Come On, Let's Go - Ritchie Valens

On January 31st 1957, two aircraft, a Douglas DC-7B passenger plane and a US Airforce Northrop F-89 Scorpion Interceptor, collided mid-air and crashed into the Pacoima Junior High School playground in Los Angeles. Luckily the Douglas wasn't carrying any passengers, but the crew all died in the crash as did the pilot of the Scorpion, although the navigator escaped alive, having bailed out with his parachute. However, 3 students from the school lost their lives and another 75 suffered varying degrees of injury. A student who wasn't there that day, but would have been were not for the fact that he was attending his grandfather's funeral, was Ritchie Valens. Understandably, this led to him suffering from an intense fear of flying.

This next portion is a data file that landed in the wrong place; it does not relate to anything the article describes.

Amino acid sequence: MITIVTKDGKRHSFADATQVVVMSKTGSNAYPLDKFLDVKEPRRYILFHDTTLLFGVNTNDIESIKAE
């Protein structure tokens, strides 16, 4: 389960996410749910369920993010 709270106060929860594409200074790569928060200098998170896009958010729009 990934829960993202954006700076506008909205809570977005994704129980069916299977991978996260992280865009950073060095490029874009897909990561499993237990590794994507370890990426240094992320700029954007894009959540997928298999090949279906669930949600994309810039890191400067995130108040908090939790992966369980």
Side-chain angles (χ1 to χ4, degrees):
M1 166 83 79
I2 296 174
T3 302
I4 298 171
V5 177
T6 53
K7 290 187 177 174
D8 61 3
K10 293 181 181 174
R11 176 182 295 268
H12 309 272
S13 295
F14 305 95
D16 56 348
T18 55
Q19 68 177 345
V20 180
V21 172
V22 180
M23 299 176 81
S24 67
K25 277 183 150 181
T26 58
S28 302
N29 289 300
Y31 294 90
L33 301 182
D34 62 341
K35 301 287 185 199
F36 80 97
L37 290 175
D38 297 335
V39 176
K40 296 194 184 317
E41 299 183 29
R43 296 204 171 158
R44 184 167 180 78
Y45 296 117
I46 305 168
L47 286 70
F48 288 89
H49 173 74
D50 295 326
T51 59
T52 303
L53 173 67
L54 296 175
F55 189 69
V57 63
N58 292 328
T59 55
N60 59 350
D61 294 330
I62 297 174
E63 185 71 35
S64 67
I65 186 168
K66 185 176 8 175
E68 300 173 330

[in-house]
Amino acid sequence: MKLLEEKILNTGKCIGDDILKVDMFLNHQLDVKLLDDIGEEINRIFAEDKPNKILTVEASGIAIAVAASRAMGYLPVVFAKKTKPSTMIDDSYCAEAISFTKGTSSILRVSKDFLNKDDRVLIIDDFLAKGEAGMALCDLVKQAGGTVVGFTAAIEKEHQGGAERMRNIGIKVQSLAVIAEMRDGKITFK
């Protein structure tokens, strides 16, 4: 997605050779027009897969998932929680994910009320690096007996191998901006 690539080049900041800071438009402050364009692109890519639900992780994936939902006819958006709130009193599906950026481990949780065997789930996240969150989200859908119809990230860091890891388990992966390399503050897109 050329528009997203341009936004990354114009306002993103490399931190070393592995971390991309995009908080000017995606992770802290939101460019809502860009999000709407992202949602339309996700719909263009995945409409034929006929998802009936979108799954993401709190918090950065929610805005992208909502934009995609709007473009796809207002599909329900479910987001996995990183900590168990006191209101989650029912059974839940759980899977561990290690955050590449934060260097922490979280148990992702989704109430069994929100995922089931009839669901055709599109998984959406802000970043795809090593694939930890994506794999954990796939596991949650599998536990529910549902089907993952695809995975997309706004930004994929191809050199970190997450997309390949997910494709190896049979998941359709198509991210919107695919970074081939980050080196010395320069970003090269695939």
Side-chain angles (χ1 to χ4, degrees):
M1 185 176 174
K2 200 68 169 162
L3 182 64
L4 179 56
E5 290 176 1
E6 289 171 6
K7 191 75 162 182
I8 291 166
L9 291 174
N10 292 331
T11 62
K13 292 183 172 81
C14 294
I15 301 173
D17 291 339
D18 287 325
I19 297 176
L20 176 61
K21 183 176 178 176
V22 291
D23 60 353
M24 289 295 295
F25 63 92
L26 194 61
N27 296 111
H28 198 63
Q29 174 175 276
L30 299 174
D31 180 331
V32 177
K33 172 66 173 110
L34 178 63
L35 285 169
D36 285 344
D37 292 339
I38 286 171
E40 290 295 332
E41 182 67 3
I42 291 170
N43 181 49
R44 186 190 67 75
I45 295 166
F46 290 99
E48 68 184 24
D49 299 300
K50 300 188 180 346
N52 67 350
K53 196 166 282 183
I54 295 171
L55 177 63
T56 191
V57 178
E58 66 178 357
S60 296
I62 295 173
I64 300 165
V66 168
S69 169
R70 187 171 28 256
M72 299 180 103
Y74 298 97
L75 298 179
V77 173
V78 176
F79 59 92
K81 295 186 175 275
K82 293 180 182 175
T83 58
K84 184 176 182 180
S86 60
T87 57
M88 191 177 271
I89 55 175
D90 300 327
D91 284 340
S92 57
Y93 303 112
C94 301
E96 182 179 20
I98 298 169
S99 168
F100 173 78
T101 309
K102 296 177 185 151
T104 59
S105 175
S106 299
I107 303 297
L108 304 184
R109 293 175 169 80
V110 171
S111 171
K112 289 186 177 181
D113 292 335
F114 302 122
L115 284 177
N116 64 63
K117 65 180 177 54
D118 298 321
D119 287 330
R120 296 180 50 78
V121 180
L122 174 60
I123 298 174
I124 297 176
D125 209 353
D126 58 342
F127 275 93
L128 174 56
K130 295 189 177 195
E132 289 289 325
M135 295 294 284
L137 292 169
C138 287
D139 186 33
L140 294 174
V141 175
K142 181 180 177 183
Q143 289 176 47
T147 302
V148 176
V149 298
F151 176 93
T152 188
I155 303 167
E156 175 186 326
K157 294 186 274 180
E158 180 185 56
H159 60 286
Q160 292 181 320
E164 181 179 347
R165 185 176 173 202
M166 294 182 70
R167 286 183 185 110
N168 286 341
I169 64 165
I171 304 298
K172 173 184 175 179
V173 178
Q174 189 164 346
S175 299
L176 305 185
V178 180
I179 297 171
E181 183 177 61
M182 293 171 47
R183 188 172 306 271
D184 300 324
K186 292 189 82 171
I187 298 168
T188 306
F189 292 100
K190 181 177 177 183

Just two years and three days later, Valens, having lost a toss for the last remaining place on Buddy Holly's hire plane, fatally took the offer of the seat from Dion of Dion and the Belmonts (see previous post ), his aversion to the freezing conditions on their tourbus proving stronger than his flying phobia.

"Come On, Let's Go" was Ritchie's's first hit, reaching number 42 on the US charts. The follow-up was the slow love song "Donna" with its 'B' side, the legendary "La Bamba". On February 3rd 1959, the day Valens died in the crash, "Donna" had reached number 3 in the charts, peaking the following week at number 2. "La Bamba" goes down in history as the first Chicano hit rock song, Chicano being the term of self identification by Mexican-origin citizens of the United States, and reached number 22 having been flipped in the aftermath of Valens' tragic death.

Valens was just 18 when he died, and seventeen when he recorded "Come On, Let's Go", just at the beginning of a musical career which promised much, as the casual exuberance and assuredness of his vocal delivery portends as well as his distinctive guitar work, here as hot and spicy as his beloved San Fernando Valley, Los Angeles.